Democracy and Technology



In March 1991, Britain was swept by a wave of public reactions, ranging from enthusiasm to condemnation, to a news story about ‘virgin birth’. Public attention was drawn to the fact that women could conceive children without sexual intercourse. There was nothing new about this possibility; indeed the technology had been available and applied for some time. But this was the first time ‘public opinion’ had found a voice. Captured in the rhetoric that surrounded the artificial insemination of a single woman who had never had sexual intercourse were a great number of very deep-seated beliefs about sexuality and sex, marriage and families. This was not just an argument about a technology, it was about competing ways of life and opposing value systems. The capacity of technology to provoke this kind of reaction is what lies behind this chapter.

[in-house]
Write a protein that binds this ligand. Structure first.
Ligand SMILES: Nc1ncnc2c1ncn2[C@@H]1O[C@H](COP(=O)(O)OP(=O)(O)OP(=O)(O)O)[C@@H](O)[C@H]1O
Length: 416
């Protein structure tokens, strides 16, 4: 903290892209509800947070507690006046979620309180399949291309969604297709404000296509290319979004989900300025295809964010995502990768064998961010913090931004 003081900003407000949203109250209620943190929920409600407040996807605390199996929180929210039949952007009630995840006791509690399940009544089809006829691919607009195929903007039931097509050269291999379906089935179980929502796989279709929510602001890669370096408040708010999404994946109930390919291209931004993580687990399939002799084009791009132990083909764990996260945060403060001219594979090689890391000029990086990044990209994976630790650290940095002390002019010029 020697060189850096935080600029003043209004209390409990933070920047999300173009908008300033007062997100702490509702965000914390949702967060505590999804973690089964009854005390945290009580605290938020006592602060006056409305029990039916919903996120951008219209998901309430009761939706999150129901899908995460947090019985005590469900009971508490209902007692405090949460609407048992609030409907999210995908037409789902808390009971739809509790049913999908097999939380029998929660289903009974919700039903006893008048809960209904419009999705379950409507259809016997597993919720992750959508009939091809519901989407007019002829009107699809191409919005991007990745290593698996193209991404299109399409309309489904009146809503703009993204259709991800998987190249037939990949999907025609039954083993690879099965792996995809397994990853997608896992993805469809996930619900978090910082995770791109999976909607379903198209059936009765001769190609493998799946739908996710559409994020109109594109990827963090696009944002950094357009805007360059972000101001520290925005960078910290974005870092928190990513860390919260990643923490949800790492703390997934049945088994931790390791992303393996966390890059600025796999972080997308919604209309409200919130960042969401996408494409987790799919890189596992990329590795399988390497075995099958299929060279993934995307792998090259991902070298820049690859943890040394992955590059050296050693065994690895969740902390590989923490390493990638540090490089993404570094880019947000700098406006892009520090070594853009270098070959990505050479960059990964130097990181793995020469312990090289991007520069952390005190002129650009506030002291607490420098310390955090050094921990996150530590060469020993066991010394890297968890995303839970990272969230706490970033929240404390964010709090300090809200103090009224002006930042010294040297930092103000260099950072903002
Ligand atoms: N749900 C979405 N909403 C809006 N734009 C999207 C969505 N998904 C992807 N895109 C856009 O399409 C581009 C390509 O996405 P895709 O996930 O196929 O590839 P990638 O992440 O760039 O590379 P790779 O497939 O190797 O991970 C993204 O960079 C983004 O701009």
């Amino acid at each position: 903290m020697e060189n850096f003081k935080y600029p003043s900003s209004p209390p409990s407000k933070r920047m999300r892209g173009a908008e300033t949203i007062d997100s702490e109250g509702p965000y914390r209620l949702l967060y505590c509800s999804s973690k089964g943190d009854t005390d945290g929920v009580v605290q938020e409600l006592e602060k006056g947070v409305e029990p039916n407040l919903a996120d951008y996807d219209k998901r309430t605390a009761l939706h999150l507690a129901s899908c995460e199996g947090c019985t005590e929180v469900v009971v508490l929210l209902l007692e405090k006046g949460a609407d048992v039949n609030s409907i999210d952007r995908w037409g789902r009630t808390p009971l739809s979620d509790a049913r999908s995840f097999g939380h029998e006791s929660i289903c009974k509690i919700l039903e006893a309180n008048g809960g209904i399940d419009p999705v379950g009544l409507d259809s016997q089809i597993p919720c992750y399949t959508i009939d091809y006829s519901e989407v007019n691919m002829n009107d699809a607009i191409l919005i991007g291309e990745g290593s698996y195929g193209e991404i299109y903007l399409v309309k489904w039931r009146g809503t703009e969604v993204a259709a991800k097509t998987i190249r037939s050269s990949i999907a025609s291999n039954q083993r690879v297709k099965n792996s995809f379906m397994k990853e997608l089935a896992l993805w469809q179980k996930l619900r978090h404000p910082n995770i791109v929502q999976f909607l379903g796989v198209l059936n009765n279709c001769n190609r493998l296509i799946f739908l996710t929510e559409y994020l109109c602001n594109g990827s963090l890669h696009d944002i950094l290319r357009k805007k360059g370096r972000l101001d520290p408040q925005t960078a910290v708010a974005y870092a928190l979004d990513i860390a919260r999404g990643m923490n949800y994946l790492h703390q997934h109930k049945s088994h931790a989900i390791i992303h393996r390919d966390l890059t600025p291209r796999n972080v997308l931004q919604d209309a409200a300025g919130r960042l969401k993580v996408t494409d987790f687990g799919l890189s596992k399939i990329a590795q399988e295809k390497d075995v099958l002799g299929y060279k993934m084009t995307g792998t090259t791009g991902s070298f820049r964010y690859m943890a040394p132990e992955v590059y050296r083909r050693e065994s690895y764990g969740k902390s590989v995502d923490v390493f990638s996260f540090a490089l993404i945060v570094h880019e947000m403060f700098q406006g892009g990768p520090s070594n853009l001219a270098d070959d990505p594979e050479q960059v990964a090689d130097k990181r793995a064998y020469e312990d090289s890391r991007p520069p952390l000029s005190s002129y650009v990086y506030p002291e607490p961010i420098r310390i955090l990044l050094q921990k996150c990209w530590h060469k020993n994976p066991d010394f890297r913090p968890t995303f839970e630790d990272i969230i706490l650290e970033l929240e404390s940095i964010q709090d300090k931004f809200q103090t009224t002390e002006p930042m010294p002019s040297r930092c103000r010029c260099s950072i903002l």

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© John Street 1992

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